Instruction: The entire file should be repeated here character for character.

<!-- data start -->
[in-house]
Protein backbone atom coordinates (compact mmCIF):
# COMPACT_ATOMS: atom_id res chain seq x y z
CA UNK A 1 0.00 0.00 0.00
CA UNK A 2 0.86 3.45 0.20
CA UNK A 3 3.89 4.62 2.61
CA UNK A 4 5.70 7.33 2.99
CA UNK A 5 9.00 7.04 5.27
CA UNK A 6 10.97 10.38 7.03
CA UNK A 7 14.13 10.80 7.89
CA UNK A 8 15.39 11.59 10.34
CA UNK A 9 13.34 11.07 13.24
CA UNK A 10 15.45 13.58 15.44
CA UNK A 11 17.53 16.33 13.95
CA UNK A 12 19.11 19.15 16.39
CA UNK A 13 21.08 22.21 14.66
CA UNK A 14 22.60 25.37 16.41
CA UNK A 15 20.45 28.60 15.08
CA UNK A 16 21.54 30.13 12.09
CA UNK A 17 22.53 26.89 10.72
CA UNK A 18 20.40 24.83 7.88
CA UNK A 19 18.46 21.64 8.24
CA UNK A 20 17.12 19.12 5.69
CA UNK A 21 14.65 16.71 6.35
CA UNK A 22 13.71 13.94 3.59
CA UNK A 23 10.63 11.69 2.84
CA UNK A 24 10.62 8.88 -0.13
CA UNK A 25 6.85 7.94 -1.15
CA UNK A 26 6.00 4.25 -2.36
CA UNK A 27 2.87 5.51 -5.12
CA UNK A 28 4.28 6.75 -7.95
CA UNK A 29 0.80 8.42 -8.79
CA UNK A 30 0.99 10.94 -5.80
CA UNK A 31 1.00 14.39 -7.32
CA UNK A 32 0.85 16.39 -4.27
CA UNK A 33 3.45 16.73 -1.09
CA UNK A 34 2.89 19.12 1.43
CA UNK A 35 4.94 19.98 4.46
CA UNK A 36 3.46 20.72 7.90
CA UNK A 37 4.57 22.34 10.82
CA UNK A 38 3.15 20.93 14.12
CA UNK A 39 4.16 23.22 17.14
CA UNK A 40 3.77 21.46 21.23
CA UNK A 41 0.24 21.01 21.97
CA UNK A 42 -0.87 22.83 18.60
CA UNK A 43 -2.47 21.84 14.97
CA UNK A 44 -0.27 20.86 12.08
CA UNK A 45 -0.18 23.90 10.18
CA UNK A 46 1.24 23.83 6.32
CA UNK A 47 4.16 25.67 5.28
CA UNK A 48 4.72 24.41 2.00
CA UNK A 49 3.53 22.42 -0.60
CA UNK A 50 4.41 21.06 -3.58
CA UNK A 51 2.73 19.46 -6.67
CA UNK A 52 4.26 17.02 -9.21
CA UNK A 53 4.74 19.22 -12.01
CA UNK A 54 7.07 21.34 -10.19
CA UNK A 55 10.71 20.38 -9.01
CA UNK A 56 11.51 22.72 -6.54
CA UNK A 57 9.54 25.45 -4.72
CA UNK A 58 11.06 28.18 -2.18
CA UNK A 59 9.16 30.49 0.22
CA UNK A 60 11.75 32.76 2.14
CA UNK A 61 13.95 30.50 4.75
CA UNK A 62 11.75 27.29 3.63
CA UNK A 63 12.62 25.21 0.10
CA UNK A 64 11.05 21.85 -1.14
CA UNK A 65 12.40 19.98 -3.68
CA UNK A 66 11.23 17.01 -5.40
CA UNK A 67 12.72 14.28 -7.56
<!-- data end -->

[in-house]
Protein backbone atom coordinates (compact mmCIF):
# COMPACT_ATOMS: atom_id res chain seq x y z
CA UNK A 1 0.00 0.00 0.00
CA UNK A 2 0.86 3.45 0.20
CA UNK A 3 3.89 4.62 2.61
CA UNK A 4 5.70 7.33 2.99
CA UNK A 5 9.00 7.04 5.27
CA UNK A 6 10.97 10.38 7.03
CA UNK A 7 14.13 10.80 7.89
CA UNK A 8 15.39 11.59 10.34
CA UNK A 9 13.34 11.07 13.24
CA UNK A 10 15.45 13.58 15.44
CA UNK A 11 17.53 16.33 13.95
CA UNK A 12 19.11 19.15 16.39
CA UNK A 13 21.08 22.21 14.66
CA UNK A 14 22.60 25.37 16.41
CA UNK A 15 20.45 28.60 15.08
CA UNK A 16 21.54 30.13 12.09
CA UNK A 17 22.53 26.89 10.72
CA UNK A 18 20.40 24.83 7.88
CA UNK A 19 18.46 21.64 8.24
CA UNK A 20 17.12 19.12 5.69
CA UNK A 21 14.65 16.71 6.35
CA UNK A 22 13.71 13.94 3.59
CA UNK A 23 10.63 11.69 2.84
CA UNK A 24 10.62 8.88 -0.13
CA UNK A 25 6.85 7.94 -1.15
CA UNK A 26 6.00 4.25 -2.36
CA UNK A 27 2.87 5.51 -5.12
CA UNK A 28 4.28 6.75 -7.95
CA UNK A 29 0.80 8.42 -8.79
CA UNK A 30 0.99 10.94 -5.80
CA UNK A 31 1.00 14.39 -7.32
CA UNK A 32 0.85 16.39 -4.27
CA UNK A 33 3.45 16.73 -1.09
CA UNK A 34 2.89 19.12 1.43
CA UNK A 35 4.94 19.98 4.46
CA UNK A 36 3.46 20.72 7.90
CA UNK A 37 4.57 22.34 10.82
CA UNK A 38 3.15 20.93 14.12
CA UNK A 39 4.16 23.22 17.14
CA UNK A 40 3.77 21.46 21.23
CA UNK A 41 0.24 21.01 21.97
CA UNK A 42 -0.87 22.83 18.60
CA UNK A 43 -2.47 21.84 14.97
CA UNK A 44 -0.27 20.86 12.08
CA UNK A 45 -0.18 23.90 10.18
CA UNK A 46 1.24 23.83 6.32
CA UNK A 47 4.16 25.67 5.28
CA UNK A 48 4.72 24.41 2.00
CA UNK A 49 3.53 22.42 -0.60
CA UNK A 50 4.41 21.06 -3.58
CA UNK A 51 2.73 19.46 -6.67
CA UNK A 52 4.26 17.02 -9.21
CA UNK A 53 4.74 19.22 -12.01
CA UNK A 54 7.07 21.34 -10.19
CA UNK A 55 10.71 20.38 -9.01
CA UNK A 56 11.51 22.72 -6.54
CA UNK A 57 9.54 25.45 -4.72
CA UNK A 58 11.06 28.18 -2.18
CA UNK A 59 9.16 30.49 0.22
CA UNK A 60 11.75 32.76 2.14
CA UNK A 61 13.95 30.50 4.75
CA UNK A 62 11.75 27.29 3.63
CA UNK A 63 12.62 25.21 0.10
CA UNK A 64 11.05 21.85 -1.14
CA UNK A 65 12.40 19.98 -3.68
CA UNK A 66 11.23 17.01 -5.40
CA UNK A 67 12.72 14.28 -7.56